To help you understand the rationale behind how I’d look for a new career, I need to explain a few things: I’m a lousy networker and hate doing it.
Although I’ve been successfully self-employed for 18 years, if I were to do it all over again, I wouldn’t want to endure the hassles of self-employment.
Despite what the media implies, I believe this country is getting ever more socialist, so the good jobs will increasingly be in the government sector.
I don’t believe in spending much time on self-assessment. Too often, you do an inventory of all your skills, interests, values and workplace desires, and you’re still confused about what you want to be when you grow up, because there still are dozens of careers that fit you. Or if you’ve settled on one thing, it’s often something that too many other people aspire to, like being a talk show host, novelist, actor, artist, journalist, musician, etc. Too small a percentage of people who aspire to such careers end up making a living at them. And too often, even if you defy the odds, you’re not necessarily going to be happier. Having been a career counselor to many people in so-called dream careers, I can assure you that you’re as likely to be unhappy in a “dream” career as is Joe SixPack.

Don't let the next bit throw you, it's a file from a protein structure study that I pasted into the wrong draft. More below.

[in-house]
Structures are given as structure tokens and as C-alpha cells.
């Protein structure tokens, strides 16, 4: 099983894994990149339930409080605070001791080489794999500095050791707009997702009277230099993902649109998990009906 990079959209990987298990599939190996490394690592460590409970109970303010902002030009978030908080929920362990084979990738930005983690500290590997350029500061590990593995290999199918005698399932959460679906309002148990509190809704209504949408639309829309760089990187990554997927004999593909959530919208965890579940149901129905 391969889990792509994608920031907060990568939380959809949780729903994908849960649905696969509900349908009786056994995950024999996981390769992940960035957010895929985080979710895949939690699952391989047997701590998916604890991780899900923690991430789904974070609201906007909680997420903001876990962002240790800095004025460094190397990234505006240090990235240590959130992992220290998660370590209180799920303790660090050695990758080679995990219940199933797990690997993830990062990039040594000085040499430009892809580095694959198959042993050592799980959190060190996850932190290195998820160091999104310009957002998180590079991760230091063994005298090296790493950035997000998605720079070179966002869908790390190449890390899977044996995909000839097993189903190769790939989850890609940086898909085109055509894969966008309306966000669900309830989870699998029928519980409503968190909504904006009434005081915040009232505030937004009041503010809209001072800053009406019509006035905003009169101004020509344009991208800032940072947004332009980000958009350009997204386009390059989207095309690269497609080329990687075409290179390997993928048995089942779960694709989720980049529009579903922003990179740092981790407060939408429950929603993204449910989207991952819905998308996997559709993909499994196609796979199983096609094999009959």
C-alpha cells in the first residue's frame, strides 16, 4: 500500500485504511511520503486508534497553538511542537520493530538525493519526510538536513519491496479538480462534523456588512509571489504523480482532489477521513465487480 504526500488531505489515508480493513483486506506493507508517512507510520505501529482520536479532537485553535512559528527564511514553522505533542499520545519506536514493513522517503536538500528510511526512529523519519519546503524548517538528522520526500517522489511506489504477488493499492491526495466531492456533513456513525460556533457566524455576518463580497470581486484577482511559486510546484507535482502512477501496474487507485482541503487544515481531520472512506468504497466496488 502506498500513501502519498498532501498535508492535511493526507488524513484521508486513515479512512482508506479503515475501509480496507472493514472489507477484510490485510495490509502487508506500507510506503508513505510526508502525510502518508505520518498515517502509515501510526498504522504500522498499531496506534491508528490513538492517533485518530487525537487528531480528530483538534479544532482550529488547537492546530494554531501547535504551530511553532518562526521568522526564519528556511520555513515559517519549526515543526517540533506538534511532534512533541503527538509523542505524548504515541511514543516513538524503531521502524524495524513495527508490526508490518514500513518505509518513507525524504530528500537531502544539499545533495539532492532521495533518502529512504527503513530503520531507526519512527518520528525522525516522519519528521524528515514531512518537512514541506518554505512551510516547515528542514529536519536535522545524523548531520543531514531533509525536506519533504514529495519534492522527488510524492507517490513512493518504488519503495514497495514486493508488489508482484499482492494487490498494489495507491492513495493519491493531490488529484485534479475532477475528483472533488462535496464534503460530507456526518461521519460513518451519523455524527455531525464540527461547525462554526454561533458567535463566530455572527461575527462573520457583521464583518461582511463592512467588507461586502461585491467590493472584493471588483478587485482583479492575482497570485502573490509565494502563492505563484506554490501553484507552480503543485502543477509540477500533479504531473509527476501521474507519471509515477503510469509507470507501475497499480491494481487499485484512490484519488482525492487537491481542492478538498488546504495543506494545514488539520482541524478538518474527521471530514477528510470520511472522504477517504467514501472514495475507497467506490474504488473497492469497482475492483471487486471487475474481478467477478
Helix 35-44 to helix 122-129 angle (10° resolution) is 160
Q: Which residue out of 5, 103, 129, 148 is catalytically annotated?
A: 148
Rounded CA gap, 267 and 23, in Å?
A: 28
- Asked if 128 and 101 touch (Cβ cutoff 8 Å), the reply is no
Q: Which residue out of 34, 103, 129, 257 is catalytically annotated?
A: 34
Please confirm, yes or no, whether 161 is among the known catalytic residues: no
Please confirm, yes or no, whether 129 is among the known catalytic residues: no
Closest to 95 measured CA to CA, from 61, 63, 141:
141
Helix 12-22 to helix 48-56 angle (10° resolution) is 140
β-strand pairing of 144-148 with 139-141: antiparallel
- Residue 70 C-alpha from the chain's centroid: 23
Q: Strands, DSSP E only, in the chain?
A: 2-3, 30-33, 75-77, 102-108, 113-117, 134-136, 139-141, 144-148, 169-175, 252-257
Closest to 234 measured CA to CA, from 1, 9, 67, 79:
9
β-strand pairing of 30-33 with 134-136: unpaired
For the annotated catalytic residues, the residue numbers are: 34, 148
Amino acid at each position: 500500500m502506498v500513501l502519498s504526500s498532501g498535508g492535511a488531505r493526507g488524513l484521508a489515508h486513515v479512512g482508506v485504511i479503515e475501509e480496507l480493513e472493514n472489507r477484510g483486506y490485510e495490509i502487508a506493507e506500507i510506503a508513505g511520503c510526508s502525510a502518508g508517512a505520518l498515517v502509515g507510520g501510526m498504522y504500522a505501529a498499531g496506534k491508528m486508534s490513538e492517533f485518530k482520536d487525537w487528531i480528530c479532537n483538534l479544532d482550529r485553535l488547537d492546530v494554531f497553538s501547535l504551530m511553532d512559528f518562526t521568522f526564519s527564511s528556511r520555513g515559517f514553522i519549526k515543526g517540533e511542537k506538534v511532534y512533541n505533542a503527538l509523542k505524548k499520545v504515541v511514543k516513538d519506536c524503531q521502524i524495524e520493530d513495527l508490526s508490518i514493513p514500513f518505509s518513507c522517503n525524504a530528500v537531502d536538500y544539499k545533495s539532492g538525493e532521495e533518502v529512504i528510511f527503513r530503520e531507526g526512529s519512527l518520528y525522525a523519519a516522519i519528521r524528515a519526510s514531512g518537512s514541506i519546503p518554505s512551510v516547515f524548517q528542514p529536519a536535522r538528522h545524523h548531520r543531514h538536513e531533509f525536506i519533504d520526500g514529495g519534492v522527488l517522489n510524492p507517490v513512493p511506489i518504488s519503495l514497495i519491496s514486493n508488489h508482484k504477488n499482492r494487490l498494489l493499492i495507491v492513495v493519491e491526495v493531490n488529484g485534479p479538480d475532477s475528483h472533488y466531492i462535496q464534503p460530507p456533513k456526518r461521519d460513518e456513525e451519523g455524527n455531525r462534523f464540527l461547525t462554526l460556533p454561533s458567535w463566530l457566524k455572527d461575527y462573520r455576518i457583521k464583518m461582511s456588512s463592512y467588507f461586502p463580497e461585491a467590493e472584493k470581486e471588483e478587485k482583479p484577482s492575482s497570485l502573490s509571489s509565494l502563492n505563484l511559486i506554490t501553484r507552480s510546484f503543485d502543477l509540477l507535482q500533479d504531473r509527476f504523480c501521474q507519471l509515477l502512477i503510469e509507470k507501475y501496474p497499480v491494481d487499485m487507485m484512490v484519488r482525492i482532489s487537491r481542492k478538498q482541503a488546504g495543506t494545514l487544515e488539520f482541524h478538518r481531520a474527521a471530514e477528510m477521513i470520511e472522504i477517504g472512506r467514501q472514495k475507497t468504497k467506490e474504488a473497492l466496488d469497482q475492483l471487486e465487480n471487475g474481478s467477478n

So I would look for my new line of work simply by scanning the government job listings (For federal jobs, go to USAJOBS.), and I’d look for those jobs that require my core ability (the ability to communicate) and then write knock-’em-dead applications. I’d apply for a large number of jobs within a short period of time to maximize my chance of getting multiple job offers at once. That way, I could pick the job with the most characteristics likely to make a person happy in a job:
meaningful work, good boss, opportunities to learn, reasonable work hours and commute, and decent pay.